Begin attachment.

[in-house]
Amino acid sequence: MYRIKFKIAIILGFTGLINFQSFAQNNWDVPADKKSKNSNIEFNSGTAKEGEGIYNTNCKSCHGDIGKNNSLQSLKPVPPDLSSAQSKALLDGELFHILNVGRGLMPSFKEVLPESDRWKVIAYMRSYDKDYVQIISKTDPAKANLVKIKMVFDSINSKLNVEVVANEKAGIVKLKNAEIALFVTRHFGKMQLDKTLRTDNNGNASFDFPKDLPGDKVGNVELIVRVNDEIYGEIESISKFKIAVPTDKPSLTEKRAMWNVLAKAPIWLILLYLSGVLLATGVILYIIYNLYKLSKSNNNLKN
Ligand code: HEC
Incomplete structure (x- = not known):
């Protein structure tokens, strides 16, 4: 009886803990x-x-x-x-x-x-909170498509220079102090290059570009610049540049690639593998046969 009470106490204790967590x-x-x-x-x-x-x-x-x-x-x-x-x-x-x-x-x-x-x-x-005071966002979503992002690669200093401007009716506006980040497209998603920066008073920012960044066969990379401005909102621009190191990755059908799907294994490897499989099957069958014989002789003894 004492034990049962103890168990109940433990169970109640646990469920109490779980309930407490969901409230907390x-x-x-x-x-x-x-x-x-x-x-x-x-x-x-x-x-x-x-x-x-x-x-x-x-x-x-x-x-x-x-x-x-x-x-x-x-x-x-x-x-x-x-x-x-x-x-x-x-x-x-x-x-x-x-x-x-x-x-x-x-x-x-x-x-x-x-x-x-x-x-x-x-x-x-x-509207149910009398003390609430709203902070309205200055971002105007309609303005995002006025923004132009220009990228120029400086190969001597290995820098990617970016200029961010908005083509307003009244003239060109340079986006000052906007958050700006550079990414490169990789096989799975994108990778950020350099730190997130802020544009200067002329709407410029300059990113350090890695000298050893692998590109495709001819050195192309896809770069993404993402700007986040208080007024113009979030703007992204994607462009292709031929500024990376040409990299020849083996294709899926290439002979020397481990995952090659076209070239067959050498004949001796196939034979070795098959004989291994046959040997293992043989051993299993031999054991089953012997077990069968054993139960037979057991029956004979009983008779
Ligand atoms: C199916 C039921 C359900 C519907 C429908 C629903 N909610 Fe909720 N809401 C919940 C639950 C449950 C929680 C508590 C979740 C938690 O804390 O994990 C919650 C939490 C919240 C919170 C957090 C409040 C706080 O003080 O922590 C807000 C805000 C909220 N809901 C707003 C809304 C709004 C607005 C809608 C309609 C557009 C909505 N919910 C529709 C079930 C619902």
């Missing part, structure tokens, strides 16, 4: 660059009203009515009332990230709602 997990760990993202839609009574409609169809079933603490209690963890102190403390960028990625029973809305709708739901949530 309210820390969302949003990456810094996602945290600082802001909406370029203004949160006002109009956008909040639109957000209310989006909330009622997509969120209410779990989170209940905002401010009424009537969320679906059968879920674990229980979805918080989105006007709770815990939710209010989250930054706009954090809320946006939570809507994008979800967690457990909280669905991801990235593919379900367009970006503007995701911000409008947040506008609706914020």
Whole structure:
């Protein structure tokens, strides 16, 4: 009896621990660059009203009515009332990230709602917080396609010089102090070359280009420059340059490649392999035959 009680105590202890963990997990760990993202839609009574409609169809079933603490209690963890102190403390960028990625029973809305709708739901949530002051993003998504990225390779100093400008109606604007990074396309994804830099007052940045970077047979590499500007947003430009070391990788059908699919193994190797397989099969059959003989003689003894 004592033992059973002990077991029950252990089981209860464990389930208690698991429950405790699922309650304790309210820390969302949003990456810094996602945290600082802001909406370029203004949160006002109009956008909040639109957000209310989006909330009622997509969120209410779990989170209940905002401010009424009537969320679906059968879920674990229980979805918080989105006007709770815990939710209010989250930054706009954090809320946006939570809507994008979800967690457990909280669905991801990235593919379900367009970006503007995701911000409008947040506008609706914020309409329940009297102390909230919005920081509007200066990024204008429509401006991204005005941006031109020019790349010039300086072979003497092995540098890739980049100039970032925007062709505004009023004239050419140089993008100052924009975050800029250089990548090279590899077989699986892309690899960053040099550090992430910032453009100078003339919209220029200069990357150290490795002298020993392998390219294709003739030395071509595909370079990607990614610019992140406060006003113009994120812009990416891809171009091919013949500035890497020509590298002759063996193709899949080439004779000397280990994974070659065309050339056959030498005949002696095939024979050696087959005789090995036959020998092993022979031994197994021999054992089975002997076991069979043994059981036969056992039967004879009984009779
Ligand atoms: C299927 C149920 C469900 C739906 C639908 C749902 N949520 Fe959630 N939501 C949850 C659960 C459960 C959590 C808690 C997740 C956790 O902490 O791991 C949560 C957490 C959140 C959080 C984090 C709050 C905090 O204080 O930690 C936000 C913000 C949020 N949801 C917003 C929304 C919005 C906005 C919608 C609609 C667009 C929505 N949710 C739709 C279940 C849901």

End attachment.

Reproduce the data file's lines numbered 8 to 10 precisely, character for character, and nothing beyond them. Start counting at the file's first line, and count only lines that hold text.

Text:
Whole structure:
């Protein structure tokens, strides 16, 4: 009896621990660059009203009515009332990230709602917080396609010089102090070359280009420059340059490649392999035959 009680105590202890963990997990760990993202839609009574409609169809079933603490209690963890102190403390960028990625029973809305709708739901949530002051993003998504990225390779100093400008109606604007990074396309994804830099007052940045970077047979590499500007947003430009070391990788059908699919193994190797397989099969059959003989003689003894 004592033992059973002990077991029950252990089981209860464990389930208690698991429950405790699922309650304790309210820390969302949003990456810094996602945290600082802001909406370029203004949160006002109009956008909040639109957000209310989006909330009622997509969120209410779990989170209940905002401010009424009537969320679906059968879920674990229980979805918080989105006007709770815990939710209010989250930054706009954090809320946006939570809507994008979800967690457990909280669905991801990235593919379900367009970006503007995701911000409008947040506008609706914020309409329940009297102390909230919005920081509007200066990024204008429509401006991204005005941006031109020019790349010039300086072979003497092995540098890739980049100039970032925007062709505004009023004239050419140089993008100052924009975050800029250089990548090279590899077989699986892309690899960053040099550090992430910032453009100078003339919209220029200069990357150290490795002298020993392998390219294709003739030395071509595909370079990607990614610019992140406060006003113009994120812009990416891809171009091919013949500035890497020509590298002759063996193709899949080439004779000397280990994974070659065309050339056959030498005949002696095939024979050696087959005789090995036959020998092993022979031994197994021999054992089975002997076991069979043994059981036969056992039967004879009984009779
Ligand atoms: C299927 C149920 C469900 C739906 C639908 C749902 N949520 Fe959630 N939501 C949850 C659960 C459960 C959590 C808690 C997740 C956790 O902490 O791991 C949560 C957490 C959140 C959080 C984090 C709050 C905090 O204080 O930690 C936000 C913000 C949020 N949801 C917003 C929304 C919005 C906005 C919608 C609609 C667009 C929505 N949710 C739709 C279940 C849901």